I would like to tell you a little about my mother. Why should you hear about her? Because she's a resident of the Arab town of Tira, a place that, along with its neighboring towns, received a whole paragraph dedicated to it in U.S. President Donald Trump's Mideast peace plan.
My mother Ravia is one of the first Arab nurses to work at Meir Hospital in the Israeli city of Kfar Saba. She worked there for about 40 years, saving the lives of Jews and Arabs alike.
Today she's a 75-year-old pensioner. Or maybe it's 74, we're not sure since her birth certificate was lost along with her toys in 1948, when she was about 3 or 4 years old.
My mother was lucky, because just like my father Abed, she moved to Tira after she and her family were forced out of their home village of Miska in 1948, and even though Tira is only 2 kilometers away from Miska, my mother remembers that day as an awful tragedy.
A few years after her family's displacement, my mother's father was shot dead by IDF soldiers who claimed he tried to sneak back into his evacuated home village.
But even back then my mother never knew the taste of despair.
"How was it for you with living surrounded by Jews all around you?" I asked her.
"It sure wasn't easy," she says, "even so the racism that we know today was unheard of back then. People were ashamed to talk to us the way they do today, to question our citizenship and disrespect our standing."
That last sentence still resonates with me. My mother, who for years was one of the only Arabs working at Meir, experienced less hostility decades ago.
And I know exactly why: it's because today we're a strong, formidable minority.
My mother knows that U.S. President Donald Trump's ill-conceived peace plan isn't implementable, yet it successfully achieved its purpose.
It gave legitimacy to ask all those questions no one ever dared ask before, and put the issue of revoking citizenship on the table.
We're not talking about revoking the citizenship of some criminal either, but hundreds of thousands of citizens who are sure to lose not only their jobs, but their education and the connection they have to their families.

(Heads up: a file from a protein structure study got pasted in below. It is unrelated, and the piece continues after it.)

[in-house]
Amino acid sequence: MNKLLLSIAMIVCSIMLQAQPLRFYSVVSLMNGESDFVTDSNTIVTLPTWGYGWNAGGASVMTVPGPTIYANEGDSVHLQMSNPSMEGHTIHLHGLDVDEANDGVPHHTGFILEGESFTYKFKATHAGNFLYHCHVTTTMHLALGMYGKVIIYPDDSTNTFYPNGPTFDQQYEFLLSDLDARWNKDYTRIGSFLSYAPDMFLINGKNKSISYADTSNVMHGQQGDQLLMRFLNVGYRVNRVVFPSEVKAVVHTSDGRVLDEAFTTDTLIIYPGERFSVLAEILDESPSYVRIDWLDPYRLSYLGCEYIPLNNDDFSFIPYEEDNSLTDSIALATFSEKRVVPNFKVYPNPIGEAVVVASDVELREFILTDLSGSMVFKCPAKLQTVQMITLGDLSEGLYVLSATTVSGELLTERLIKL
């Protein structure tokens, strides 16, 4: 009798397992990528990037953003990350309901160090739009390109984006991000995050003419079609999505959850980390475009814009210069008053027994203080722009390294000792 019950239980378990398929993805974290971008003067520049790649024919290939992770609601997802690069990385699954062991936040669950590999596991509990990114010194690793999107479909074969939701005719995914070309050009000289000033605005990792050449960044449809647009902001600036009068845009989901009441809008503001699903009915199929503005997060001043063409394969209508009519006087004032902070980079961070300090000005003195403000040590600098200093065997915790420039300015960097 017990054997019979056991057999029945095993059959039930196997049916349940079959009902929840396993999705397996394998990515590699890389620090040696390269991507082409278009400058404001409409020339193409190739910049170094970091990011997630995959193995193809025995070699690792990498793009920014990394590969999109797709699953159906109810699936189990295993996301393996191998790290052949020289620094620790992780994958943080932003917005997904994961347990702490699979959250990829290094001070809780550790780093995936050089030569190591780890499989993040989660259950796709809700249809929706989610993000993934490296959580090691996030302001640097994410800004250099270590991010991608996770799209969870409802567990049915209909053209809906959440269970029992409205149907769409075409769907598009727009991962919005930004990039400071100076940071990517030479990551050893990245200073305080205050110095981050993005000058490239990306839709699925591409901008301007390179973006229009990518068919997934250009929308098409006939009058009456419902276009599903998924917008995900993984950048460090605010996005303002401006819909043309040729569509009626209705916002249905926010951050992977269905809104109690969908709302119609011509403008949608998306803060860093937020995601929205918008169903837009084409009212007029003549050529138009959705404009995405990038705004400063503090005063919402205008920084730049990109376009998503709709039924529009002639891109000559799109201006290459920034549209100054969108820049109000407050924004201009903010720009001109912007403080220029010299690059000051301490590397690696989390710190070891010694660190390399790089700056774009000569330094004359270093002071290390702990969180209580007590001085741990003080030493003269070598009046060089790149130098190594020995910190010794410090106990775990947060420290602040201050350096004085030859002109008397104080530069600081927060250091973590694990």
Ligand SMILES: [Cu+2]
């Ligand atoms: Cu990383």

Why would anybody insert citizenship revocation into Trump's proposed peace plan in the first place? Mainly to diminish that same national minority in Israel, to make them easier to oppress and discriminate against.
Ultimately this is the real reason, because all the rest of the talk about wanting the people of Wadi Ara and the "Triangle" of Arab towns near the Green Line to become citizens of Palestine is a lie.
For if we abide by Trump's peace plan, there is no way the Palestinian people will ever receive an independent state to call their own.
We will fight as Israeli citizens for the right for our people to have an independent Palestinian state based on the pre-67 borders.
We will also fight for our people's right for recognition as the Palestinian people, and because of these efforts, generations of Israelis will grow up thanking us for liberating them from a terrible occupation.
In the State of Israel lives a large Palestinian minority clinging to its Israeli citizenship and national affiliation. We have known how to balance the two sides for 70 years, and we will keep that same balance for the rest of our days.
In the end, we are not the problem, it's those who refuse to deal with this reality.